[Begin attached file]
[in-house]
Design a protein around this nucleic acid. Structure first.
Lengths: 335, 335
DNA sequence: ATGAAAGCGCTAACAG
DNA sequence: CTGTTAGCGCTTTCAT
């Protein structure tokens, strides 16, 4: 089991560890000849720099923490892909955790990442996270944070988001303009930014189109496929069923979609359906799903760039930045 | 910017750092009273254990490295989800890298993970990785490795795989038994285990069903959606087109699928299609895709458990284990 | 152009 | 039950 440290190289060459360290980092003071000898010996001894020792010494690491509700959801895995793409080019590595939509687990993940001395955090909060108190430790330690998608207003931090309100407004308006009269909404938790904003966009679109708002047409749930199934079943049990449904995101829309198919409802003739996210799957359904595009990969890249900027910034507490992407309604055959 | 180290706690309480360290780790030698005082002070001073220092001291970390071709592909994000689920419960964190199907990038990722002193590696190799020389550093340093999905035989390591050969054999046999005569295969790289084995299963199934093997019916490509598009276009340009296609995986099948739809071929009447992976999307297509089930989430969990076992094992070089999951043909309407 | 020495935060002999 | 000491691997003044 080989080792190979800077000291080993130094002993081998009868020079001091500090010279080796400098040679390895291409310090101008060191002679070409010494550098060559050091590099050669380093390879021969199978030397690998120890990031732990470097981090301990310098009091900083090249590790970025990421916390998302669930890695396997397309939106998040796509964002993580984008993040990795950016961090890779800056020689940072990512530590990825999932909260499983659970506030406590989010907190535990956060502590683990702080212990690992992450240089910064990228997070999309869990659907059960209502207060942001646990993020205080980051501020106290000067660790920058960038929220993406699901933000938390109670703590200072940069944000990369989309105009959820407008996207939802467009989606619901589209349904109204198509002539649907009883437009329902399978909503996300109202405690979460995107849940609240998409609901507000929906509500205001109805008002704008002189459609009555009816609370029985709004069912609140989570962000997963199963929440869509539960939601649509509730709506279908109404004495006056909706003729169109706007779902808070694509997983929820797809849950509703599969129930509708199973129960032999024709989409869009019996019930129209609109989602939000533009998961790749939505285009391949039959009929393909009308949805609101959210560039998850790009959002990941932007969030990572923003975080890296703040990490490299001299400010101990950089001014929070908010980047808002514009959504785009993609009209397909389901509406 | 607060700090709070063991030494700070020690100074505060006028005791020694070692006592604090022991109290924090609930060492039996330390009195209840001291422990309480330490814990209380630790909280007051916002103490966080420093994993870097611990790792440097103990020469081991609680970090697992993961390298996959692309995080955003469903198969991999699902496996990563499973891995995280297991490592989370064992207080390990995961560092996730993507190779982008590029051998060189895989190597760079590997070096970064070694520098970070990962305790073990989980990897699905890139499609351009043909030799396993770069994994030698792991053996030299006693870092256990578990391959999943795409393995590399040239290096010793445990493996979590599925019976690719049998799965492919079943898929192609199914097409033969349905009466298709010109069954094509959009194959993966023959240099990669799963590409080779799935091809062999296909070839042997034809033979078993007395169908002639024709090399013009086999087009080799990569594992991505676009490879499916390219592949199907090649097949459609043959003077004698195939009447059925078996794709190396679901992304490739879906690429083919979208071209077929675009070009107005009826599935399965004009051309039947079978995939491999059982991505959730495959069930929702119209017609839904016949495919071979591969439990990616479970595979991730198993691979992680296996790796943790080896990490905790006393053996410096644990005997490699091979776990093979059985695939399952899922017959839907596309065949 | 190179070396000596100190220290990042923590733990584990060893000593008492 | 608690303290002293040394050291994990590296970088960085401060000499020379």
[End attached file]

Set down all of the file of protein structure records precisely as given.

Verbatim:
[in-house]
Design a protein around this nucleic acid. Structure first.
Lengths: 335, 335
DNA sequence: ATGAAAGCGCTAACAG
DNA sequence: CTGTTAGCGCTTTCAT
């Protein structure tokens, strides 16, 4: 089991560890000849720099923490892909955790990442996270944070988001303009930014189109496929069923979609359906799903760039930045 | 910017750092009273254990490295989800890298993970990785490795795989038994285990069903959606087109699928299609895709458990284990 | 152009 | 039950 440290190289060459360290980092003071000898010996001894020792010494690491509700959801895995793409080019590595939509687990993940001395955090909060108190430790330690998608207003931090309100407004308006009269909404938790904003966009679109708002047409749930199934079943049990449904995101829309198919409802003739996210799957359904595009990969890249900027910034507490992407309604055959 | 180290706690309480360290780790030698005082002070001073220092001291970390071709592909994000689920419960964190199907990038990722002193590696190799020389550093340093999905035989390591050969054999046999005569295969790289084995299963199934093997019916490509598009276009340009296609995986099948739809071929009447992976999307297509089930989430969990076992094992070089999951043909309407 | 020495935060002999 | 000491691997003044 080989080792190979800077000291080993130094002993081998009868020079001091500090010279080796400098040679390895291409310090101008060191002679070409010494550098060559050091590099050669380093390879021969199978030397690998120890990031732990470097981090301990310098009091900083090249590790970025990421916390998302669930890695396997397309939106998040796509964002993580984008993040990795950016961090890779800056020689940072990512530590990825999932909260499983659970506030406590989010907190535990956060502590683990702080212990690992992450240089910064990228997070999309869990659907059960209502207060942001646990993020205080980051501020106290000067660790920058960038929220993406699901933000938390109670703590200072940069944000990369989309105009959820407008996207939802467009989606619901589209349904109204198509002539649907009883437009329902399978909503996300109202405690979460995107849940609240998409609901507000929906509500205001109805008002704008002189459609009555009816609370029985709004069912609140989570962000997963199963929440869509539960939601649509509730709506279908109404004495006056909706003729169109706007779902808070694509997983929820797809849950509703599969129930509708199973129960032999024709989409869009019996019930129209609109989602939000533009998961790749939505285009391949039959009929393909009308949805609101959210560039998850790009959002990941932007969030990572923003975080890296703040990490490299001299400010101990950089001014929070908010980047808002514009959504785009993609009209397909389901509406 | 607060700090709070063991030494700070020690100074505060006028005791020694070692006592604090022991109290924090609930060492039996330390009195209840001291422990309480330490814990209380630790909280007051916002103490966080420093994993870097611990790792440097103990020469081991609680970090697992993961390298996959692309995080955003469903198969991999699902496996990563499973891995995280297991490592989370064992207080390990995961560092996730993507190779982008590029051998060189895989190597760079590997070096970064070694520098970070990962305790073990989980990897699905890139499609351009043909030799396993770069994994030698792991053996030299006693870092256990578990391959999943795409393995590399040239290096010793445990493996979590599925019976690719049998799965492919079943898929192609199914097409033969349905009466298709010109069954094509959009194959993966023959240099990669799963590409080779799935091809062999296909070839042997034809033979078993007395169908002639024709090399013009086999087009080799990569594992991505676009490879499916390219592949199907090649097949459609043959003077004698195939009447059925078996794709190396679901992304490739879906690429083919979208071209077929675009070009107005009826599935399965004009051309039947079978995939491999059982991505959730495959069930929702119209017609839904016949495919071979591969439990990616479970595979991730198993691979992680296996790796943790080896990490905790006393053996410096644990005997490699091979776990093979059985695939399952899922017959839907596309065949 | 190179070396000596100190220290990042923590733990584990060893000593008492 | 608690303290002293040394050291994990590296970088960085401060000499020379």